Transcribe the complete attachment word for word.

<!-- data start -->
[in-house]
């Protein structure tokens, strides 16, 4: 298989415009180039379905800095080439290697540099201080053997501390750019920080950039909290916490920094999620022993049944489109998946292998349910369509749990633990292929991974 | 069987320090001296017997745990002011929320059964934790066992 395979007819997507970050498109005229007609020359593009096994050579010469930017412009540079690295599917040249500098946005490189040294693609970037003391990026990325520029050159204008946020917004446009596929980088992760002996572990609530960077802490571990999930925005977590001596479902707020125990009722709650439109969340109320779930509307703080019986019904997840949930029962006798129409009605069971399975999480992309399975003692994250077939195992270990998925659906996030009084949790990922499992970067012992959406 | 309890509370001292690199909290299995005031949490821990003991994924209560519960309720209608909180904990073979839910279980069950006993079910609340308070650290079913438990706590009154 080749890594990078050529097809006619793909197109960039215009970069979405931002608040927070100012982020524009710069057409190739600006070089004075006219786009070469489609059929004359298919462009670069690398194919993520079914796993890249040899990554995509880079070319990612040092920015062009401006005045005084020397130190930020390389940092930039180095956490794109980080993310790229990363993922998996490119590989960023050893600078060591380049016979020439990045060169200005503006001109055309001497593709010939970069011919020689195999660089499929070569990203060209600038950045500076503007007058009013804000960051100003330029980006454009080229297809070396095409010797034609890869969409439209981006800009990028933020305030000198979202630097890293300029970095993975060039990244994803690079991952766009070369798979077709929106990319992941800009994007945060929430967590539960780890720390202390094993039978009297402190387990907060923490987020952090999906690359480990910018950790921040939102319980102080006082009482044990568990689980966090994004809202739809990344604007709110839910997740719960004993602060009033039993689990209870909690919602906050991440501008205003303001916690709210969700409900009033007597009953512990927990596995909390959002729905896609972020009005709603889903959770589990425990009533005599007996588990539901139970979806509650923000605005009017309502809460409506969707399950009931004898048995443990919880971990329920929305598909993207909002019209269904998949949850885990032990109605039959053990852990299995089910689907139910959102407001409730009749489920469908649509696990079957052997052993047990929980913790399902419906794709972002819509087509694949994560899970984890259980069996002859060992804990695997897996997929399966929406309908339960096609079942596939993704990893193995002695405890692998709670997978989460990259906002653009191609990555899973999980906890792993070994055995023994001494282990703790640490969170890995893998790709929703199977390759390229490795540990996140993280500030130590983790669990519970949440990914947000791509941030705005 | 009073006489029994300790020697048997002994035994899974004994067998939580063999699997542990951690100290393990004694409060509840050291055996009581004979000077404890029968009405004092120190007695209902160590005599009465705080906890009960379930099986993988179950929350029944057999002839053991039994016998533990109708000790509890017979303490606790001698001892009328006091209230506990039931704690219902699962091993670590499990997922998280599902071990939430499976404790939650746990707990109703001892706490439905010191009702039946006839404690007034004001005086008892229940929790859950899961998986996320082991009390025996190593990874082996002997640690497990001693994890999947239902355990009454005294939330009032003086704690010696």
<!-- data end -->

[in-house]
């Protein structure tokens, strides 16, 4: 298989415009180039379905800095080439290697540099201080053997501390750019920080950039909290916490920094999620022993049944489109998946292998349910369509749990633990292929991974 | 069987320090001296017997745990002011929320059964934790066992 395979007819997507970050498109005229007609020359593009096994050579010469930017412009540079690295599917040249500098946005490189040294693609970037003391990026990325520029050159204008946020917004446009596929980088992760002996572990609530960077802490571990999930925005977590001596479902707020125990009722709650439109969340109320779930509307703080019986019904997840949930029962006798129409009605069971399975999480992309399975003692994250077939195992270990998925659906996030009084949790990922499992970067012992959406 | 309890509370001292690199909290299995005031949490821990003991994924209560519960309720209608909180904990073979839910279980069950006993079910609340308070650290079913438990706590009154 080749890594990078050529097809006619793909197109960039215009970069979405931002608040927070100012982020524009710069057409190739600006070089004075006219786009070469489609059929004359298919462009670069690398194919993520079914796993890249040899990554995509880079070319990612040092920015062009401006005045005084020397130190930020390389940092930039180095956490794109980080993310790229990363993922998996490119590989960023050893600078060591380049016979020439990045060169200005503006001109055309001497593709010939970069011919020689195999660089499929070569990203060209600038950045500076503007007058009013804000960051100003330029980006454009080229297809070396095409010797034609890869969409439209981006800009990028933020305030000198979202630097890293300029970095993975060039990244994803690079991952766009070369798979077709929106990319992941800009994007945060929430967590539960780890720390202390094993039978009297402190387990907060923490987020952090999906690359480990910018950790921040939102319980102080006082009482044990568990689980966090994004809202739809990344604007709110839910997740719960004993602060009033039993689990209870909690919602906050991440501008205003303001916690709210969700409900009033007597009953512990927990596995909390959002729905896609972020009005709603889903959770589990425990009533005599007996588990539901139970979806509650923000605005009017309502809460409506969707399950009931004898048995443990919880971990329920929305598909993207909002019209269904998949949850885990032990109605039959053990852990299995089910689907139910959102407001409730009749489920469908649509696990079957052997052993047990929980913790399902419906794709972002819509087509694949994560899970984890259980069996002859060992804990695997897996997929399966929406309908339960096609079942596939993704990893193995002695405890692998709670997978989460990259906002653009191609990555899973999980906890792993070994055995023994001494282990703790640490969170890995893998790709929703199977390759390229490795540990996140993280500030130590983790669990519970949440990914947000791509941030705005 | 009073006489029994300790020697048997002994035994899974004994067998939580063999699997542990951690100290393990004694409060509840050291055996009581004979000077404890029968009405004092120190007695209902160590005599009465705080906890009960379930099986993988179950929350029944057999002839053991039994016998533990109708000790509890017979303490606790001698001892009328006091209230506990039931704690219902699962091993670590499990997922998280599902071990939430499976404790939650746990707990109703001892706490439905010191009702039946006839404690007034004001005086008892229940929790859950899961998986996320082991009390025996190593990874082996002997640690497990001693994890999947239902355990009454005294939330009032003086704690010696």